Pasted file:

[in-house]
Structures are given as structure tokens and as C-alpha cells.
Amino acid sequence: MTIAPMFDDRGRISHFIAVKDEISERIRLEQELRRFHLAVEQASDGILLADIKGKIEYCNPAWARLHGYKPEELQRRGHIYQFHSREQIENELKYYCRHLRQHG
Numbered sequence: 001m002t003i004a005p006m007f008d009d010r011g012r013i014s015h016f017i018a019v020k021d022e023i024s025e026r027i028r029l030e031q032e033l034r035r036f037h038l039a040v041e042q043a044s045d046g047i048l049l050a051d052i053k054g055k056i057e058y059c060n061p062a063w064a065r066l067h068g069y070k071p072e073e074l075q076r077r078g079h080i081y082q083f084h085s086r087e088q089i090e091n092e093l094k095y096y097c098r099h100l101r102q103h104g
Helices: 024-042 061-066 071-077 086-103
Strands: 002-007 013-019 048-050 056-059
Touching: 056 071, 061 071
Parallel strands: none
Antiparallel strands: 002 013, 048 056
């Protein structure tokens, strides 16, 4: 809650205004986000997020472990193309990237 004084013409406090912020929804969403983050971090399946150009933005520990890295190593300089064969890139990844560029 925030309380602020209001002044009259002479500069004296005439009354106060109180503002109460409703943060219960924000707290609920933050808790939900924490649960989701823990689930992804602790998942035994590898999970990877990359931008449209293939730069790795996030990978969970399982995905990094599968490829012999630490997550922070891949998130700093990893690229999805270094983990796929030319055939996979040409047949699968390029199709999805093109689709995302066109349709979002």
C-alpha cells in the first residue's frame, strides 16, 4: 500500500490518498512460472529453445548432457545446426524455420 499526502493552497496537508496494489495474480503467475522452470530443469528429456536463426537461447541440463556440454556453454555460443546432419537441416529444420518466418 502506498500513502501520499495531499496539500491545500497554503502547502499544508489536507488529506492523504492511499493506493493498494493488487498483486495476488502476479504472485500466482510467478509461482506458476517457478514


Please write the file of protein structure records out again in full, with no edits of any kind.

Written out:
[in-house]
Structures are given as structure tokens and as C-alpha cells.
Amino acid sequence: MTIAPMFDDRGRISHFIAVKDEISERIRLEQELRRFHLAVEQASDGILLADIKGKIEYCNPAWARLHGYKPEELQRRGHIYQFHSREQIENELKYYCRHLRQHG
Numbered sequence: 001m002t003i004a005p006m007f008d009d010r011g012r013i014s015h016f017i018a019v020k021d022e023i024s025e026r027i028r029l030e031q032e033l034r035r036f037h038l039a040v041e042q043a044s045d046g047i048l049l050a051d052i053k054g055k056i057e058y059c060n061p062a063w064a065r066l067h068g069y070k071p072e073e074l075q076r077r078g079h080i081y082q083f084h085s086r087e088q089i090e091n092e093l094k095y096y097c098r099h100l101r102q103h104g
Helices: 024-042 061-066 071-077 086-103
Strands: 002-007 013-019 048-050 056-059
Touching: 056 071, 061 071
Parallel strands: none
Antiparallel strands: 002 013, 048 056
């Protein structure tokens, strides 16, 4: 809650205004986000997020472990193309990237 004084013409406090912020929804969403983050971090399946150009933005520990890295190593300089064969890139990844560029 925030309380602020209001002044009259002479500069004296005439009354106060109180503002109460409703943060219960924000707290609920933050808790939900924490649960989701823990689930992804602790998942035994590898999970990877990359931008449209293939730069790795996030990978969970399982995905990094599968490829012999630490997550922070891949998130700093990893690229999805270094983990796929030319055939996979040409047949699968390029199709999805093109689709995302066109349709979002």
C-alpha cells in the first residue's frame, strides 16, 4: 500500500490518498512460472529453445548432457545446426524455420 499526502493552497496537508496494489495474480503467475522452470530443469528429456536463426537461447541440463556440454556453454555460443546432419537441416529444420518466418 502506498500513502501520499495531499496539500491545500497554503502547502499544508489536507488529506492523504492511499493506493493498494493488487498483486495476488502476479504472485500466482510467478509461482506458476517457478514